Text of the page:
Some 7,800 people, mostly civilians, were killed in 2013 – the highest death toll since 2008 - according to UN figures. The continuing sectarian divide between the majority Shi’a and minority Sunni population, is fuelling violence across Iraq. The Sunni Arab minority feels aggrieved, discriminated against and politically marginalized. Such grievances have led to clashes including in al-Anbar governorate which has seen some of the worst violence in recent months.
Iraqis are set to elect 328 new members for the Council of Representatives, Iraq’s Parliament. The new parliament will in turn elect a new Prime Minister, President and Cabinet.
The elections are being held against a backdrop of longstanding human rights violations: 
  • Thousands of detainees languish in prison without charge. Many of those who are brought to trial are sentenced to long prison terms after unfair proceedings.
  • In many cases convictions are based on “confessions” extracted under torture.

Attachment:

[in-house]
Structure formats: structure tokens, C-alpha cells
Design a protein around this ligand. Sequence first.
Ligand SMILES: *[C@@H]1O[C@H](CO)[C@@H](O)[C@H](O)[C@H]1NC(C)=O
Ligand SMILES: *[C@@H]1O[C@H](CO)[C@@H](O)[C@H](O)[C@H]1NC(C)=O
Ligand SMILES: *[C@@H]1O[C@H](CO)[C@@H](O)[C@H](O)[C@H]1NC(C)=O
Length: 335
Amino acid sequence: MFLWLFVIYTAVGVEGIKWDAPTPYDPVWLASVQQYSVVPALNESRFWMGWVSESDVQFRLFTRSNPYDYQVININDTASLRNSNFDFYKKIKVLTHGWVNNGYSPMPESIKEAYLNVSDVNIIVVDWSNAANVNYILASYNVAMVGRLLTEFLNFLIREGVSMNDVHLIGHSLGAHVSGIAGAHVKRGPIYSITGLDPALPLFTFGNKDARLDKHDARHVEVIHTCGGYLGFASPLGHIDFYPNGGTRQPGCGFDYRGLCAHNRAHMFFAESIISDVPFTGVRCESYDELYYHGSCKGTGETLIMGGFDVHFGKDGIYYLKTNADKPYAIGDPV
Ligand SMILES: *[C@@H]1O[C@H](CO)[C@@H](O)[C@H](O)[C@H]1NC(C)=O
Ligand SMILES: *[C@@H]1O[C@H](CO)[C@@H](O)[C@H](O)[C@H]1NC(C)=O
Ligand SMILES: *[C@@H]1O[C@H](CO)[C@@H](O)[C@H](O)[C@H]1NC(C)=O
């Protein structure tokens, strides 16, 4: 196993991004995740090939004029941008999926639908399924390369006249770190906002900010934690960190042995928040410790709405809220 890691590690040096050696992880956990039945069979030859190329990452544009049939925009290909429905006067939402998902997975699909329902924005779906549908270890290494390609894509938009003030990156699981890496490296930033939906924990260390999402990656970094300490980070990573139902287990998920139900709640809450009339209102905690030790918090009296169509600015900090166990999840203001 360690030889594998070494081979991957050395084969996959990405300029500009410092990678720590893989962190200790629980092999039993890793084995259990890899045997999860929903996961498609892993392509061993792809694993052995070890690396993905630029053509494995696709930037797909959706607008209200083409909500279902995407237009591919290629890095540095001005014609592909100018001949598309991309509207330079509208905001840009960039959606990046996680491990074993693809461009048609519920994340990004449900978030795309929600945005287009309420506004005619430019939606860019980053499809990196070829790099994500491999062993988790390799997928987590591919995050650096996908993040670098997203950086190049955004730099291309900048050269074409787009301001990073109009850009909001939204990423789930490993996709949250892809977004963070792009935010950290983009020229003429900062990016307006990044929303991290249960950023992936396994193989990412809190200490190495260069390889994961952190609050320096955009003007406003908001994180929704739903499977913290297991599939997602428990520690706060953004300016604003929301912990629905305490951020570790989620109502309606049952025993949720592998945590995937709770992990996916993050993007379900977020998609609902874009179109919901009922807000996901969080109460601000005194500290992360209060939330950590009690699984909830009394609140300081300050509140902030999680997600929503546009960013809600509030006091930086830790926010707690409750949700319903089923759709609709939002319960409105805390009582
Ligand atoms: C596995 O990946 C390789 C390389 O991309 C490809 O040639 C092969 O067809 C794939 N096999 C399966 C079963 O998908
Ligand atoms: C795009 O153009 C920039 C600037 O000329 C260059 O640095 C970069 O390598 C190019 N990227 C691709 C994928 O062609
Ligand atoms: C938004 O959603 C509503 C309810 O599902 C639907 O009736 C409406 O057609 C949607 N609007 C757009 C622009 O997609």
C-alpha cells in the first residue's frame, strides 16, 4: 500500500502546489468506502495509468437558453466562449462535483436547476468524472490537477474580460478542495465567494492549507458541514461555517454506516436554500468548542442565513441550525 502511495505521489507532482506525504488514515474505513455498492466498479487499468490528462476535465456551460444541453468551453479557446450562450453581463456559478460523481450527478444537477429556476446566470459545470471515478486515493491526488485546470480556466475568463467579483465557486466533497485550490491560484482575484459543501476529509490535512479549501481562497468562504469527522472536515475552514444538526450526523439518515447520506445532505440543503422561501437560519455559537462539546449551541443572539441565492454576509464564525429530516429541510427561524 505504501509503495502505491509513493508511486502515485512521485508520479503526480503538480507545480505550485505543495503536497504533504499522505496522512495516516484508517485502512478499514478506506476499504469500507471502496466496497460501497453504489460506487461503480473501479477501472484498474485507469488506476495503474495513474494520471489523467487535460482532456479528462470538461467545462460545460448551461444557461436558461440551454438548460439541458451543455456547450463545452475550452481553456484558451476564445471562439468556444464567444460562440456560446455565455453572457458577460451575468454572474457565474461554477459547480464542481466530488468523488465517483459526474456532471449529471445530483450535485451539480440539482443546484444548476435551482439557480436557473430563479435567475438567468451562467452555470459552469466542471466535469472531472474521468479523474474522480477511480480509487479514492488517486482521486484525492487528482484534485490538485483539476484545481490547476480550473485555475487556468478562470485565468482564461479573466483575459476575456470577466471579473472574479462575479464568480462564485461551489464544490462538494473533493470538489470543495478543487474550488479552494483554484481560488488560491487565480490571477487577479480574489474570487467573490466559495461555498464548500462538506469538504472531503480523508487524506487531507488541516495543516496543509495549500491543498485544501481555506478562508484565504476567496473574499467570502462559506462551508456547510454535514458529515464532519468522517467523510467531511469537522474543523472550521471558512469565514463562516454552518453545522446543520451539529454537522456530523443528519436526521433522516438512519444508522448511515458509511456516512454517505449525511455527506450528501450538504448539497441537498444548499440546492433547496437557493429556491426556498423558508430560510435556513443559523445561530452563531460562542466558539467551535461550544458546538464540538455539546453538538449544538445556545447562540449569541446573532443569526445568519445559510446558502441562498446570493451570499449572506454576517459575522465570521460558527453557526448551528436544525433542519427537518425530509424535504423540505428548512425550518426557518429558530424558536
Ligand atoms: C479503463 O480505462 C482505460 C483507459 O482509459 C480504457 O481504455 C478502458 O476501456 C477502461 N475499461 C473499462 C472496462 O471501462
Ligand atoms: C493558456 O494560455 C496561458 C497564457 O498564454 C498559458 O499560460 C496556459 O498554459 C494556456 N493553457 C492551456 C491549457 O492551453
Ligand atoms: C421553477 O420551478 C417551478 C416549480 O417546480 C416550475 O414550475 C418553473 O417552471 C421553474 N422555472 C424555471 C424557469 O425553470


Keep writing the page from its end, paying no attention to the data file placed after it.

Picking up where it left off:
• Iraq remains one the world’s most prolific executioners with 169 executions reported in 2013 – many on terrorism charges.
  • Torture and other ill-treatment inside prisons and detention centres remains rife and routinely goes unpunished.
  • Journalists also face regular assassination attempts or death threats and are not sufficiently protected by the Iraqi authorities. 
“The challenges for any incoming government will extend far beyond restoring security. Torture and other ill-treatment in prisons remains rampant. Detainees languish in prison without charge or face unfair trials and executions are spiralling,” said Said Boumedouha.
“The Iraqi authorities must do all they can to protect polling stations. No one should have to choose between risking their lives and electing their representatives to parliament.” 

Yeah, they choked as well.

No one's asking them to uncover the unknown.

These daily bombings have been reported for four months.

And collective punishment is a legally defined War Crime.

So all we are saying is get off your ass.

These are two of the victims.

  1. نموذج آخر لأهداف جيش المالكي الارهابي في حربه على الشعب: .
  2. نموذج لأهداف جيش المالكي الارهابي في حربه على الشعب: .

Maybe if people would find the spines to speak up, those children would not have been bombed in their homes by the leader of their own country?